Scouting things out

What is my response to the fear of knowing the full scale of the variability of the process? As with a scouting report for a sports team’s next opponent, I think knowing the whole truth is preferable to making decisions based on partial information.

A good scouting report tells you not only the weaknesses of the opposition that can be exploited, but also the opponent’s strengths that must be consciously and vigorously defended against.

In our experiment, we want to know the strengths of the process (places of consistency and meeting target) as well as its weaknesses (where it might be inconsistent and off target).

When the total variance is known, the conversation with managers will have an entirely different focus. If we were really lucky, the ignored source of variability might not be as bad as originally feared. More likely, the feared big sources of variability will be important.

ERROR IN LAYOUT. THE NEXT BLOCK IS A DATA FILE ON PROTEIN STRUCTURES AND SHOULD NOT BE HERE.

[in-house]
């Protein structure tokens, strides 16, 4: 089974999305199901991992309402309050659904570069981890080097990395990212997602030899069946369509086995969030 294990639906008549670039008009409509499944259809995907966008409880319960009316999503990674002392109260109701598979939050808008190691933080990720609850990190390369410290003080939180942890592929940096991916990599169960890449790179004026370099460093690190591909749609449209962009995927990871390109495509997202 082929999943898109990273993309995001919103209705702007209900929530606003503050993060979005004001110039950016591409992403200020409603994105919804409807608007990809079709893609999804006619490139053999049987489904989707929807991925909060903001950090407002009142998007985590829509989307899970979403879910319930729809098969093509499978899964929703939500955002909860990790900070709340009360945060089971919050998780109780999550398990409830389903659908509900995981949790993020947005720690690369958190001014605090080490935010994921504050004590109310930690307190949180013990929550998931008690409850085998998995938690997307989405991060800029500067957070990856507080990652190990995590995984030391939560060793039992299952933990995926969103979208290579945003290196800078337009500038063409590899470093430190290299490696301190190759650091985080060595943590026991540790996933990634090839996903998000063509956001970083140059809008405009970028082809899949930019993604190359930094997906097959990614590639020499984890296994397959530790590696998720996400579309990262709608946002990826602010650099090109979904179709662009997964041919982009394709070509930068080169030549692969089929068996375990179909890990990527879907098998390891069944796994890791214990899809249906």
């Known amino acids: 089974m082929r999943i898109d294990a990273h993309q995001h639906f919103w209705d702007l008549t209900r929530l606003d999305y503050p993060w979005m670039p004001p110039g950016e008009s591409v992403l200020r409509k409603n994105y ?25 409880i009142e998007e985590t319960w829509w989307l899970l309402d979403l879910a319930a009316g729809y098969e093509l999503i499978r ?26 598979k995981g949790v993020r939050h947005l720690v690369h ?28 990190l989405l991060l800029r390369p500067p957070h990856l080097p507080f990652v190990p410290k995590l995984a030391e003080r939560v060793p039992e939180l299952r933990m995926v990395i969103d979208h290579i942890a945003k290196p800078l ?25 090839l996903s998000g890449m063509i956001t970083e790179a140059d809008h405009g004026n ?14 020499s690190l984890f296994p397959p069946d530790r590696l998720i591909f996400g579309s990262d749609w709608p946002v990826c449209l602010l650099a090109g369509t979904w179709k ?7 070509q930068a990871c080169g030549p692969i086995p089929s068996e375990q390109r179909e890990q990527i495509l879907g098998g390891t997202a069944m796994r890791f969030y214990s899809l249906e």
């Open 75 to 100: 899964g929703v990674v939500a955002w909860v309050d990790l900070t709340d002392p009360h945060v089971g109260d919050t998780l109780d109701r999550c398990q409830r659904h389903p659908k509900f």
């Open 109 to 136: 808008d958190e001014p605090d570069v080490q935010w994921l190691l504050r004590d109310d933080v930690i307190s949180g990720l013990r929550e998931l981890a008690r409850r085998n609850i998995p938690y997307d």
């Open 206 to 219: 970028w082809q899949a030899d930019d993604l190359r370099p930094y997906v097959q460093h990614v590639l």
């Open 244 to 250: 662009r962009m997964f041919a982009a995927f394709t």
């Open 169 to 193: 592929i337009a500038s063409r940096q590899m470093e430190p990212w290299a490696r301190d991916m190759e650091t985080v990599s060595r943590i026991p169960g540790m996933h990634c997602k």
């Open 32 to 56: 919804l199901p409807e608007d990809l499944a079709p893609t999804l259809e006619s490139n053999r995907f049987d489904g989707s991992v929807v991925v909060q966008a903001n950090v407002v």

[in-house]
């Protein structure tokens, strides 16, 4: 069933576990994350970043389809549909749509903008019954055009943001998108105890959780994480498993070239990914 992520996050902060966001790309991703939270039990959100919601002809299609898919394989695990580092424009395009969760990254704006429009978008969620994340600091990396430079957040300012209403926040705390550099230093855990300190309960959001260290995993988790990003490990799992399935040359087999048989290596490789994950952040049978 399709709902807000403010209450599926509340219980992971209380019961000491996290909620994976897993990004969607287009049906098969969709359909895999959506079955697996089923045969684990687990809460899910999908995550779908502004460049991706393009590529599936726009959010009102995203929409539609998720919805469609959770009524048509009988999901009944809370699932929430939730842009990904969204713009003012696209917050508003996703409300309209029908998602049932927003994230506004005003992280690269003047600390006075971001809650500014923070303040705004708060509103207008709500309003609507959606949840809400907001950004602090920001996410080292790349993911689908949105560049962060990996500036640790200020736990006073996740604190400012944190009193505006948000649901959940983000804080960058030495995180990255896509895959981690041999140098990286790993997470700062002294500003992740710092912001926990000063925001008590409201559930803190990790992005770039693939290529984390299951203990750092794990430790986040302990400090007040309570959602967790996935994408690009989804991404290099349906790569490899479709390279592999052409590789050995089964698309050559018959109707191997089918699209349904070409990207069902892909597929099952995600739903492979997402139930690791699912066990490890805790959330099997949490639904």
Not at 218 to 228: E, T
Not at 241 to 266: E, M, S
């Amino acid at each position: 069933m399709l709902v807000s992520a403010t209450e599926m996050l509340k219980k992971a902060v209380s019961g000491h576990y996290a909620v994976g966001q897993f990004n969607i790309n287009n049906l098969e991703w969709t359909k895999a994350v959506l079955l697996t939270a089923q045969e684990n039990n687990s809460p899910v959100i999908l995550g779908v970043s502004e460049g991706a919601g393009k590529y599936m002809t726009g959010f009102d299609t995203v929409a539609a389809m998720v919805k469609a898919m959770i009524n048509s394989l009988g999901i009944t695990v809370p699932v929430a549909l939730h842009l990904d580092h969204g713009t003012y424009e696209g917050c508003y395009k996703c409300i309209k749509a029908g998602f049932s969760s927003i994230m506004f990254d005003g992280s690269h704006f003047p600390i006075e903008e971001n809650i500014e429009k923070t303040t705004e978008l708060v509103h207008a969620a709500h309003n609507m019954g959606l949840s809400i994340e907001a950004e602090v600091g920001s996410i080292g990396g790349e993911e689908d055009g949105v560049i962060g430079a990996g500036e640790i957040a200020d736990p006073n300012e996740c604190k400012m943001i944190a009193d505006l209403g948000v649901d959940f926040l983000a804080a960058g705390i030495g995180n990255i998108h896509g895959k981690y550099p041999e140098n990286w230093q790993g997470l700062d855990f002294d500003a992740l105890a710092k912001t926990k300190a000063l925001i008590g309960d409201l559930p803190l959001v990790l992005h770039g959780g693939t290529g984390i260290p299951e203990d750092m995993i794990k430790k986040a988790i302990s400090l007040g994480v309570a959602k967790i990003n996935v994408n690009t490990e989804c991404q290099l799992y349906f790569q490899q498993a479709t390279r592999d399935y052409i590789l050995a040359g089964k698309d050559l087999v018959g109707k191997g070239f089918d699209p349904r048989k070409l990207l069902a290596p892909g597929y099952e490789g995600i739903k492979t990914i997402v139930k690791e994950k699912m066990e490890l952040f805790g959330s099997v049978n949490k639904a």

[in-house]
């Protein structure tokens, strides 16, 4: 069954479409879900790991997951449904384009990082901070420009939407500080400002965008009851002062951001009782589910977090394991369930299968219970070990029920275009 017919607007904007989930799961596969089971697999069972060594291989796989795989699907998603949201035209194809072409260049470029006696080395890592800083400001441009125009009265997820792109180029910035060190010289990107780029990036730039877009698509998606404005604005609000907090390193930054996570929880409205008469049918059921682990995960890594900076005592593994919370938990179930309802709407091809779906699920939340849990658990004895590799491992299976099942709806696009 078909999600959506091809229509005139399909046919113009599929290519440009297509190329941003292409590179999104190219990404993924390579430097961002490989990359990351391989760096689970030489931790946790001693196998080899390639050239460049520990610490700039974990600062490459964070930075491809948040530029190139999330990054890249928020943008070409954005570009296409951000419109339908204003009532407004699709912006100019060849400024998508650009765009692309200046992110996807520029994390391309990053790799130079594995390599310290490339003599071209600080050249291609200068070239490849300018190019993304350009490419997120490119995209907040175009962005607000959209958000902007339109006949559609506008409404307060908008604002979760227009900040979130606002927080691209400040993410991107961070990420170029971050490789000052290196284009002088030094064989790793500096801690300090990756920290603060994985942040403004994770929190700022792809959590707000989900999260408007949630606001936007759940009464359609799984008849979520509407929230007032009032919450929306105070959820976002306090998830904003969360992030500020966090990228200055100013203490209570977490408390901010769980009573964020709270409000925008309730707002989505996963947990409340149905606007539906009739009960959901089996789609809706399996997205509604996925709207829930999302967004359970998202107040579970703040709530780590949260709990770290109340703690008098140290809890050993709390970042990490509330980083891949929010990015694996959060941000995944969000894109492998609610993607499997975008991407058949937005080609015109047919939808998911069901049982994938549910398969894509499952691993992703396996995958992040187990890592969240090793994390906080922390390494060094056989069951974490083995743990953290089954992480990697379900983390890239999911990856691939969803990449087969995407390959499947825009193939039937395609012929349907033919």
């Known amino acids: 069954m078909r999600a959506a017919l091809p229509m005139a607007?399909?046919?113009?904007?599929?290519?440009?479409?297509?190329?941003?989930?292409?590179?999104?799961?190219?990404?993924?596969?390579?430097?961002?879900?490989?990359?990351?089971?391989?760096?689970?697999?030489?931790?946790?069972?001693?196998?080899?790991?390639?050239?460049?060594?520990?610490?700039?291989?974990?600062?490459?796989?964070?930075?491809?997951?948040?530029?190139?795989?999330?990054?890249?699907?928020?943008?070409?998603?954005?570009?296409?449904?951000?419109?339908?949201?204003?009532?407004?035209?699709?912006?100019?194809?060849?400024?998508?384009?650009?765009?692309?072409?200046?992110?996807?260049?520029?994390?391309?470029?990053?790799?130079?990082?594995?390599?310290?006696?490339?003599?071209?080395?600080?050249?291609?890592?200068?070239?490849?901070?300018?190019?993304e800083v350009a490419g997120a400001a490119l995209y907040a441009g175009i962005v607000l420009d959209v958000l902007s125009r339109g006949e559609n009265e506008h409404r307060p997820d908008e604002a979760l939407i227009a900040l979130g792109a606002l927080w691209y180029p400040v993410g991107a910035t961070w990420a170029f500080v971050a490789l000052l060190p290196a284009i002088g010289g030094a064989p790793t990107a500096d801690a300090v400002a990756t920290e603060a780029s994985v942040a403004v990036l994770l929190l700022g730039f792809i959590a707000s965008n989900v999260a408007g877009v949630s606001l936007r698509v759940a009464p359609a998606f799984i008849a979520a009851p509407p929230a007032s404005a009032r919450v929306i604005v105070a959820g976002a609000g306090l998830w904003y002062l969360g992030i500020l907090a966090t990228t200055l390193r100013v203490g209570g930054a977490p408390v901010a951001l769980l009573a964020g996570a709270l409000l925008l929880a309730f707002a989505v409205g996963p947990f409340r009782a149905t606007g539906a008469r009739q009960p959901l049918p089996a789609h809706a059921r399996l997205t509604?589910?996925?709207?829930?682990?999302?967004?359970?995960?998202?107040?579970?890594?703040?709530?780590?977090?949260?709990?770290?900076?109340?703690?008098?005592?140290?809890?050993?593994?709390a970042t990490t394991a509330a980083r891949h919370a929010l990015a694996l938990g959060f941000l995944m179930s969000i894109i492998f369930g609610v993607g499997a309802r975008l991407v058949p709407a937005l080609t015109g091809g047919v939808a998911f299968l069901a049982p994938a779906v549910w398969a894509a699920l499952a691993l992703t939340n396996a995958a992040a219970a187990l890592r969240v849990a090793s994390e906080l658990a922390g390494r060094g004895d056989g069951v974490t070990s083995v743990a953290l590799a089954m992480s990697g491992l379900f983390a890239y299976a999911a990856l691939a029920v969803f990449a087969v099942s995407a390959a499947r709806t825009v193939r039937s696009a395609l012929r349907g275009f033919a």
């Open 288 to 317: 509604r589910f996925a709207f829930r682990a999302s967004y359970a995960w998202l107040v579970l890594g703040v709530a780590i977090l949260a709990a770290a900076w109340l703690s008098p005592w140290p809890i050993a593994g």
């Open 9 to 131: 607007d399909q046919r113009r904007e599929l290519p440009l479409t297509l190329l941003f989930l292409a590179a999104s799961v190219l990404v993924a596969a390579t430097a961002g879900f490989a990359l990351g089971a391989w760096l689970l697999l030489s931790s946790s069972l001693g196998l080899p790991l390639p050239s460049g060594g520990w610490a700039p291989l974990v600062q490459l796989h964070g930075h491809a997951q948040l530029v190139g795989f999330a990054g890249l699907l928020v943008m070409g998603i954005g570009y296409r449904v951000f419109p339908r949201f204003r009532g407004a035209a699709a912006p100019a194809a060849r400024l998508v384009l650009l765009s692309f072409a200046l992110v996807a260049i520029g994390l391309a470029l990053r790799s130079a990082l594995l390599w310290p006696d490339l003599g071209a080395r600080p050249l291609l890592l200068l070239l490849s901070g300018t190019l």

Either way, knowing the relative magnitude of different contributors to variability will allow for a sound variance reduction plan to be developed. The net result of this all-encompassing experiment might be to recalibrate where energy is directed to improving the process. Ultimately, this is the right solution.

Consider again the first example in which the initial decision was to restrict the experiment to just a single supplier. We could run an experiment in which we vary a lot of the other inputs and find an optimal combination of them to get close to our desired targets with minimal variability.